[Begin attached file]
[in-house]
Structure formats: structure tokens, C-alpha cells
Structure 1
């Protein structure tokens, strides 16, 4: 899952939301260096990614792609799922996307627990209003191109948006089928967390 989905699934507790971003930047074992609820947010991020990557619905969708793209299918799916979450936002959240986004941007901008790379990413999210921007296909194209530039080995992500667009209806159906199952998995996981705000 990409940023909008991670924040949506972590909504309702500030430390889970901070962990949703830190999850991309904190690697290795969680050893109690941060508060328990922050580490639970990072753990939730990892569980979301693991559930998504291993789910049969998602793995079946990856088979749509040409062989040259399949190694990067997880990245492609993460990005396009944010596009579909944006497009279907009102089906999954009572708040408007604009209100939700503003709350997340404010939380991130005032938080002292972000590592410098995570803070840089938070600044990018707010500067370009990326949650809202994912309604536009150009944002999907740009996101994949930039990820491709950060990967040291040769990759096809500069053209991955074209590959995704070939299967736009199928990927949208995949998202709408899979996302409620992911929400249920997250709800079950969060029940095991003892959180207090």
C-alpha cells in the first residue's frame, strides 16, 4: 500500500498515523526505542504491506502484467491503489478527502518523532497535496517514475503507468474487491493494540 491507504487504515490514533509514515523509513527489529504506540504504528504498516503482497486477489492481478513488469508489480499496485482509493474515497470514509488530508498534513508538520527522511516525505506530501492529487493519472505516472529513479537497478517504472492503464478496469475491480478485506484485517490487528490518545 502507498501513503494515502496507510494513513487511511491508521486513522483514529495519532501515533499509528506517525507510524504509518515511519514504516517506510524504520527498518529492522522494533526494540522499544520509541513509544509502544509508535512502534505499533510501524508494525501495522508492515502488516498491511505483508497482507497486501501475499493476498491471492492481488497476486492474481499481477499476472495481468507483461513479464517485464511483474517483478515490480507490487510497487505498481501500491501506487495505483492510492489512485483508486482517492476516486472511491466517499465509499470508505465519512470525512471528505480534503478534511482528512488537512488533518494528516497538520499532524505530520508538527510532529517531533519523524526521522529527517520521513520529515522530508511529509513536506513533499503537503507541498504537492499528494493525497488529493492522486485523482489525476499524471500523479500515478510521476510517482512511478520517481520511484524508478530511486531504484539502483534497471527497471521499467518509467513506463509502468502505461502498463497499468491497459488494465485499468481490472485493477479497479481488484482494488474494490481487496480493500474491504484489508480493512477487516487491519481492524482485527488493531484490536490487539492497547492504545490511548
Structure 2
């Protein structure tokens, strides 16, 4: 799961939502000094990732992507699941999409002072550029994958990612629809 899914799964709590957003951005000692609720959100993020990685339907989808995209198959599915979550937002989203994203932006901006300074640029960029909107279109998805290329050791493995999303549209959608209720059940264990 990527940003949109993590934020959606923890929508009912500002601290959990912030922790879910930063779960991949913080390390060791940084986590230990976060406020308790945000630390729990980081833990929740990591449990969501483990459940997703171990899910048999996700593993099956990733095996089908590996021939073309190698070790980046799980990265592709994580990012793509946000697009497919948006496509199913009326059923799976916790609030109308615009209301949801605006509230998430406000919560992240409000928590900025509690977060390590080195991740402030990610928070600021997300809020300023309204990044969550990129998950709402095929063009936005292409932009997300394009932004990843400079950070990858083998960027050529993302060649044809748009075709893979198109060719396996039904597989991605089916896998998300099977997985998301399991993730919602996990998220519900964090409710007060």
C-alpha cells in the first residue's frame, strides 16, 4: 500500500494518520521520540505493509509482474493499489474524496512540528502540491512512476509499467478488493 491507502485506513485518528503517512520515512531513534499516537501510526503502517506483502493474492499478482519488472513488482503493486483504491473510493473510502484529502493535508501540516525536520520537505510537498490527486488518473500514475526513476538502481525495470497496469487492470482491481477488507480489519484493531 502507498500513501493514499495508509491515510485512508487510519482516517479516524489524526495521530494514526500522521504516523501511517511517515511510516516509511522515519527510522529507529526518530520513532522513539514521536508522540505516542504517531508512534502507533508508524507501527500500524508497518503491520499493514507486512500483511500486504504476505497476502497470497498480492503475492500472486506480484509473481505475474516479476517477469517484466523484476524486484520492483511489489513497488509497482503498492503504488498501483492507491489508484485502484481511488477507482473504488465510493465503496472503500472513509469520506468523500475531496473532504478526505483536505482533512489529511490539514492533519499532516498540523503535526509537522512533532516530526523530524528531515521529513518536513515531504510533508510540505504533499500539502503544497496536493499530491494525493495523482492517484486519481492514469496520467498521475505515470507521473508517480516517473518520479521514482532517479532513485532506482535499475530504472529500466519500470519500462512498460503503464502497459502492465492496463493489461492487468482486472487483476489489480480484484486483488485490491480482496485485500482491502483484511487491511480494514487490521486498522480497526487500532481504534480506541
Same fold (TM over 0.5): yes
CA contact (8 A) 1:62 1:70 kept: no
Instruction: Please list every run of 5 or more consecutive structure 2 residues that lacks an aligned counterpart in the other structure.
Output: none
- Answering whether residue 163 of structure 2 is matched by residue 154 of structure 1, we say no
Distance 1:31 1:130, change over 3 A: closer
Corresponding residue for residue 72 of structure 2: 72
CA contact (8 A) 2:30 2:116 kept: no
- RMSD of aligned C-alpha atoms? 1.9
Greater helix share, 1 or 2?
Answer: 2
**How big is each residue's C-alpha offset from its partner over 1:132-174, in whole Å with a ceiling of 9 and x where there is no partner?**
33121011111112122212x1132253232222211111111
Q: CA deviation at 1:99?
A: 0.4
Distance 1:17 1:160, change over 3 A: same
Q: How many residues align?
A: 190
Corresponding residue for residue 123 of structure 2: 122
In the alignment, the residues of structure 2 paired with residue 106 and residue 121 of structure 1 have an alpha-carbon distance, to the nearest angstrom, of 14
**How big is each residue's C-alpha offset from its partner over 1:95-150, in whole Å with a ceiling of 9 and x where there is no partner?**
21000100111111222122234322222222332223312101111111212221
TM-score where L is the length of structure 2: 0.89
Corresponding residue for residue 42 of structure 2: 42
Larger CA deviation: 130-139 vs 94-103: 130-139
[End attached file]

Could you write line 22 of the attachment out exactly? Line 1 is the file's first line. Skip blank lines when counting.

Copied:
Q: CA deviation at 1:99?